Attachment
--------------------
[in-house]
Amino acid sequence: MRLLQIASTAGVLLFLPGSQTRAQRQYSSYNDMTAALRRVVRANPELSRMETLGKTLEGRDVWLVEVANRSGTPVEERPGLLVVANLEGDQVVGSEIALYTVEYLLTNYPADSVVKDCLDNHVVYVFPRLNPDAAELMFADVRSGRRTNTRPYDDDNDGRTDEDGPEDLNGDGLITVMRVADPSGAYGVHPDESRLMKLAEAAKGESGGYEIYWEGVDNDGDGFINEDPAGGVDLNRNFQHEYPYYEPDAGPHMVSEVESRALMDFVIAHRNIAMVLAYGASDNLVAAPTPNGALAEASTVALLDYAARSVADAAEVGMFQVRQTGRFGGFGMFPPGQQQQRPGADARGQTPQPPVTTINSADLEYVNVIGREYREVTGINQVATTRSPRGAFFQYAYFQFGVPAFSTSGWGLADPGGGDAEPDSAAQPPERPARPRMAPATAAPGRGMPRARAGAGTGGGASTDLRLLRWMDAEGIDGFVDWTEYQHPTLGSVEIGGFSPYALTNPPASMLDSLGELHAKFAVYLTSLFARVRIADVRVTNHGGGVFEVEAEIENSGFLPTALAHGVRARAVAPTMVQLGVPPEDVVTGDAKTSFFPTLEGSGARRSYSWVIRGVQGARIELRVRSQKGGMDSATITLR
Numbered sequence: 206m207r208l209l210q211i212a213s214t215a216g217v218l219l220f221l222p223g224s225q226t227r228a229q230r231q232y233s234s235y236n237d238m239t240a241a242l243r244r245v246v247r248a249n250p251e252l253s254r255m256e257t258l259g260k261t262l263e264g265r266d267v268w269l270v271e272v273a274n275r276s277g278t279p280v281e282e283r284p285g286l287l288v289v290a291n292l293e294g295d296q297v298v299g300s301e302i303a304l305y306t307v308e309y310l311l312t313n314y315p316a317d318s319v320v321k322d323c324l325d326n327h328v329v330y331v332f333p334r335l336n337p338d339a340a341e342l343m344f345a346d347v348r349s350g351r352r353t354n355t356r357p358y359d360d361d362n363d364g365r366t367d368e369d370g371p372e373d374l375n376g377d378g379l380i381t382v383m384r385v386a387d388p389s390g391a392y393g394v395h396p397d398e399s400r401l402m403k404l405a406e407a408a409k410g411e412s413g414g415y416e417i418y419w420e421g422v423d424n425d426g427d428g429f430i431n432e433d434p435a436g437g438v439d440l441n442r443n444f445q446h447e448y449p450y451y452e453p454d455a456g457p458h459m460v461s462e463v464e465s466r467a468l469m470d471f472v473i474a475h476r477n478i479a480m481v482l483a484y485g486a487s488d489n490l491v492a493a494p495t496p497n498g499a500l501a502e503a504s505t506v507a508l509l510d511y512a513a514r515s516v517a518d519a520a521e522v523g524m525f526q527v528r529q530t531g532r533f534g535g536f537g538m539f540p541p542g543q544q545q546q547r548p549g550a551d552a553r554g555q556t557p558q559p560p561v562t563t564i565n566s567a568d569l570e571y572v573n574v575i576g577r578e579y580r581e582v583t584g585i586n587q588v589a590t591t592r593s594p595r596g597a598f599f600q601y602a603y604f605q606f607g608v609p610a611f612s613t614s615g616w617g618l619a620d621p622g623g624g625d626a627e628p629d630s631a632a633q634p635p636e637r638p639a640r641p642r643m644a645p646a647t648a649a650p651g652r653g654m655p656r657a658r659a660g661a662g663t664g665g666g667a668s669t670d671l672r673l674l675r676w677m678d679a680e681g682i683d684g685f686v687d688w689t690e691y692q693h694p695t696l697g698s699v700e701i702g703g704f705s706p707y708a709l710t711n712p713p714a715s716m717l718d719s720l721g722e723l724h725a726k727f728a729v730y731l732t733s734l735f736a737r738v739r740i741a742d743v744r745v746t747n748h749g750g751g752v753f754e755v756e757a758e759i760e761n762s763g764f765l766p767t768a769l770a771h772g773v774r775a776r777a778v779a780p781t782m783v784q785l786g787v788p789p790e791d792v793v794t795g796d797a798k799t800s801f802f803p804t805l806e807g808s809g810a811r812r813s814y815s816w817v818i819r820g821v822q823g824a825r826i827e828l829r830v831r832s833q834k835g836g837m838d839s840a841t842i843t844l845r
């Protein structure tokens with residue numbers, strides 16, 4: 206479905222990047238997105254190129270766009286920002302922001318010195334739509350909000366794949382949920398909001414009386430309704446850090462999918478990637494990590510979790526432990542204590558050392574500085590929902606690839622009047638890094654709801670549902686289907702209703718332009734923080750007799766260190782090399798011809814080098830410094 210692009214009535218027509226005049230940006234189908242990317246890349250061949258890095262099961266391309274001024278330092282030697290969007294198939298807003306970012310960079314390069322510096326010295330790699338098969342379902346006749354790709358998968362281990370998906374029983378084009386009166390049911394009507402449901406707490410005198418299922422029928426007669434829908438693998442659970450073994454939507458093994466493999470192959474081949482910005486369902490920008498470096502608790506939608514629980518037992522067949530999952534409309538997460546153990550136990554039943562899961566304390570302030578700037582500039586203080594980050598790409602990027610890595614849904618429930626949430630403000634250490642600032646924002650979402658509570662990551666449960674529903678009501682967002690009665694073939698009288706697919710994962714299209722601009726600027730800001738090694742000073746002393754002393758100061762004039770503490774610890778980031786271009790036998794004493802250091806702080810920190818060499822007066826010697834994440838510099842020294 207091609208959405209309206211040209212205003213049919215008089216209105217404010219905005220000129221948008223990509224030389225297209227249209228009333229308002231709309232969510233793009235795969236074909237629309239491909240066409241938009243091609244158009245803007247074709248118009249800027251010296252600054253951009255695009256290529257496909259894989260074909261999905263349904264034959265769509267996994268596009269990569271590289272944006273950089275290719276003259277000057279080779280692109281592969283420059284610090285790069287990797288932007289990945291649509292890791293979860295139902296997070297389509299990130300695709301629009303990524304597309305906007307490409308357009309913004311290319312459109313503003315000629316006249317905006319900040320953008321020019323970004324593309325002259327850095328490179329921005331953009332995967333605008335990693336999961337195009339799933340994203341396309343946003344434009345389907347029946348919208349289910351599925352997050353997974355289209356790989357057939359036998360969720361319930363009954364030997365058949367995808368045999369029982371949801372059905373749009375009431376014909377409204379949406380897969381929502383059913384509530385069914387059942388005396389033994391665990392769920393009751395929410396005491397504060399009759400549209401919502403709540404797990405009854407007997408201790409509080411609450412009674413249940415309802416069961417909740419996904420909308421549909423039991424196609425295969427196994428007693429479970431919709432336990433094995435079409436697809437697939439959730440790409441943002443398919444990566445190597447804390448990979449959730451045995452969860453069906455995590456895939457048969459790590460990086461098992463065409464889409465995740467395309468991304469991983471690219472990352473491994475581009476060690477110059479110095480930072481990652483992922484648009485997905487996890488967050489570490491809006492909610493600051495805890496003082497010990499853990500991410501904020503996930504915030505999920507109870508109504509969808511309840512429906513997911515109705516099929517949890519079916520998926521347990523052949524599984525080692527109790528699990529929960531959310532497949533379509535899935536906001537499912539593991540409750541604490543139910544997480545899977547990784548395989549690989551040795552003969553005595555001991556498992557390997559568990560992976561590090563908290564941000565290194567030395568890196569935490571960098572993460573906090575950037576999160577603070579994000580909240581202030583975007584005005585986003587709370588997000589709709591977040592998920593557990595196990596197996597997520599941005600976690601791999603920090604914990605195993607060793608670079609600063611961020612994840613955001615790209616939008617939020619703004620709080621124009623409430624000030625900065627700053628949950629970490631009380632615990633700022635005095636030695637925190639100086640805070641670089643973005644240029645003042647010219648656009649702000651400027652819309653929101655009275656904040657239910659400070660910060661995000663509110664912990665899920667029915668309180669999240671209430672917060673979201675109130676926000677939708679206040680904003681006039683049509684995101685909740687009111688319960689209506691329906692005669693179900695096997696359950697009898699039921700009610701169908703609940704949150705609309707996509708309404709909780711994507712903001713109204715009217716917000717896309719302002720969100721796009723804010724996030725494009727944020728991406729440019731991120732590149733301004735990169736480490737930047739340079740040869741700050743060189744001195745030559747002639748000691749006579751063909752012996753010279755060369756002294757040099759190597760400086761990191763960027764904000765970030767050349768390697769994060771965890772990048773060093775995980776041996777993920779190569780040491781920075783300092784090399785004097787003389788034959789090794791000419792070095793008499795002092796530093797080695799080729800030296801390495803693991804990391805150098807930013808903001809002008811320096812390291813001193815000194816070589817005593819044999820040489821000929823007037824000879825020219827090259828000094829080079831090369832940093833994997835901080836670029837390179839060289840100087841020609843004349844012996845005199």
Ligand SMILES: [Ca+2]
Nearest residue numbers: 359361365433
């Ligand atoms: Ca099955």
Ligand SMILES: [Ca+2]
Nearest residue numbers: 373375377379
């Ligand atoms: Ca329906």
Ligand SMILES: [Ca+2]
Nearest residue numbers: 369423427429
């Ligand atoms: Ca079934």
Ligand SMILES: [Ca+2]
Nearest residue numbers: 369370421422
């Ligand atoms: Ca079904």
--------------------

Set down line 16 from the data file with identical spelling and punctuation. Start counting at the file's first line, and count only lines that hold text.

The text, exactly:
């Ligand atoms: Ca079904």